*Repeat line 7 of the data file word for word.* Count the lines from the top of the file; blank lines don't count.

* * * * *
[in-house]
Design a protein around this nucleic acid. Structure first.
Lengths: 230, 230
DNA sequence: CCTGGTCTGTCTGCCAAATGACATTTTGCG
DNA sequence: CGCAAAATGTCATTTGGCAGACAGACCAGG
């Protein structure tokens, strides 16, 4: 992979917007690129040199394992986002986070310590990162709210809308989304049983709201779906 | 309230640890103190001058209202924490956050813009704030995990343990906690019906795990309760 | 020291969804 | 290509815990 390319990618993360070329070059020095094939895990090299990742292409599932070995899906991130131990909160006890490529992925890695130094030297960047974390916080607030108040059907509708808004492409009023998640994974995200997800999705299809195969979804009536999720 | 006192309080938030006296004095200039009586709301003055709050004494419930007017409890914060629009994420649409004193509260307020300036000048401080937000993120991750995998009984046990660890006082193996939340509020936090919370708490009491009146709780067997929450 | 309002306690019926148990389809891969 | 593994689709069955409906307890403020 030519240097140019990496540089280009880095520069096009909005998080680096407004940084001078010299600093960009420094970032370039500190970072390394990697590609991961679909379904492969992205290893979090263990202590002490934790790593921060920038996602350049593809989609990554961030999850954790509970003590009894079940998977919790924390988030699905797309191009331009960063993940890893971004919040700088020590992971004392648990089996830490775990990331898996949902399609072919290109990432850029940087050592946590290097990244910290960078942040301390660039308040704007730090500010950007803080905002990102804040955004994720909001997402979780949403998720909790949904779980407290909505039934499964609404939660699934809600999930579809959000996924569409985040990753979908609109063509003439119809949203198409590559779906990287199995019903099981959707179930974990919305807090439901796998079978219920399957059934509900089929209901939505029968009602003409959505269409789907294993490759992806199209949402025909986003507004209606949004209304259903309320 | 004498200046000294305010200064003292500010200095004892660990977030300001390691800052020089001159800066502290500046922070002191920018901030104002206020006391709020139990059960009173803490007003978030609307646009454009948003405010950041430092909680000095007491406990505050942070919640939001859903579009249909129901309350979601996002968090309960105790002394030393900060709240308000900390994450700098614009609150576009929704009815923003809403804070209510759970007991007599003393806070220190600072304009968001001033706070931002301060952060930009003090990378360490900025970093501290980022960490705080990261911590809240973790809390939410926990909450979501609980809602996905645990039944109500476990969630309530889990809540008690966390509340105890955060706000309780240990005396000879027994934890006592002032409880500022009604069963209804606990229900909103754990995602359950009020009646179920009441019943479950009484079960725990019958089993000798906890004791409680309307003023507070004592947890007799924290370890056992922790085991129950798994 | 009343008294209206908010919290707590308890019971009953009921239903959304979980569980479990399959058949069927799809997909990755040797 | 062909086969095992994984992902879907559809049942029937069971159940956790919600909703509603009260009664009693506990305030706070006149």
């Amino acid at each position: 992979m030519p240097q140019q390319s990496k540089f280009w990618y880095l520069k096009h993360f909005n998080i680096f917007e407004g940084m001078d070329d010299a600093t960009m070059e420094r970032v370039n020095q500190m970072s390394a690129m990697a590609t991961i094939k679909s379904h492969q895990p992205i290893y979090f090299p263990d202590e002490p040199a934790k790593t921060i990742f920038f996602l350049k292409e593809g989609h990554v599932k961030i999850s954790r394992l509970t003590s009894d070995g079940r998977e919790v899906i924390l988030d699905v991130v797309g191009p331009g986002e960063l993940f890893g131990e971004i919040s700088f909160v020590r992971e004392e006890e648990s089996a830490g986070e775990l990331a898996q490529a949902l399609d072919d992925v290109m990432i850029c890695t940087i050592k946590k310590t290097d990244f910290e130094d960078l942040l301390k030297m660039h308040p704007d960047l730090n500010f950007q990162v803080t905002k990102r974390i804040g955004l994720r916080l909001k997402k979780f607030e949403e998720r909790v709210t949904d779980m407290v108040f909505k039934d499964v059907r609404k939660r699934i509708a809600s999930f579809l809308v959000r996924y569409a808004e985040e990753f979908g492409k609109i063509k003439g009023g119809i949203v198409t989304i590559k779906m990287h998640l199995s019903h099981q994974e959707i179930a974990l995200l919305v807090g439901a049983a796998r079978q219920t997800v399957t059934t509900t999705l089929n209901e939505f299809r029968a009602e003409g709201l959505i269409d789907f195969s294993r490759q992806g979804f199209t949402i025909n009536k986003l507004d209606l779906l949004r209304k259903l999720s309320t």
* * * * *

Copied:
């Amino acid at each position: 992979m030519p240097q140019q390319s990496k540089f280009w990618y880095l520069k096009h993360f909005n998080i680096f917007e407004g940084m001078d070329d010299a600093t960009m070059e420094r970032v370039n020095q500190m970072s390394a690129m990697a590609t991961i094939k679909s379904h492969q895990p992205i290893y979090f090299p263990d202590e002490p040199a934790k790593t921060i990742f920038f996602l350049k292409e593809g989609h990554v599932k961030i999850s954790r394992l509970t003590s009894d070995g079940r998977e919790v899906i924390l988030d699905v991130v797309g191009p331009g986002e960063l993940f890893g131990e971004i919040s700088f909160v020590r992971e004392e006890e648990s089996a830490g986070e775990l990331a898996q490529a949902l399609d072919d992925v290109m990432i850029c890695t940087i050592k946590k310590t290097d990244f910290e130094d960078l942040l301390k030297m660039h308040p704007d960047l730090n500010f950007q990162v803080t905002k990102r974390i804040g955004l994720r916080l909001k997402k979780f607030e949403e998720r909790v709210t949904d779980m407290v108040f909505k039934d499964v059907r609404k939660r699934i509708a809600s999930f579809l809308v959000r996924y569409a808004e985040e990753f979908g492409k609109i063509k003439g009023g119809i949203v198409t989304i590559k779906m990287h998640l199995s019903h099981q994974e959707i179930a974990l995200l919305v807090g439901a049983a796998r079978q219920t997800v399957t059934t509900t999705l089929n209901e939505f299809r029968a009602e003409g709201l959505i269409d789907f195969s294993r490759q992806g979804f199209t949402i025909n009536k986003l507004d209606l779906l949004r209304k259903l999720s309320t």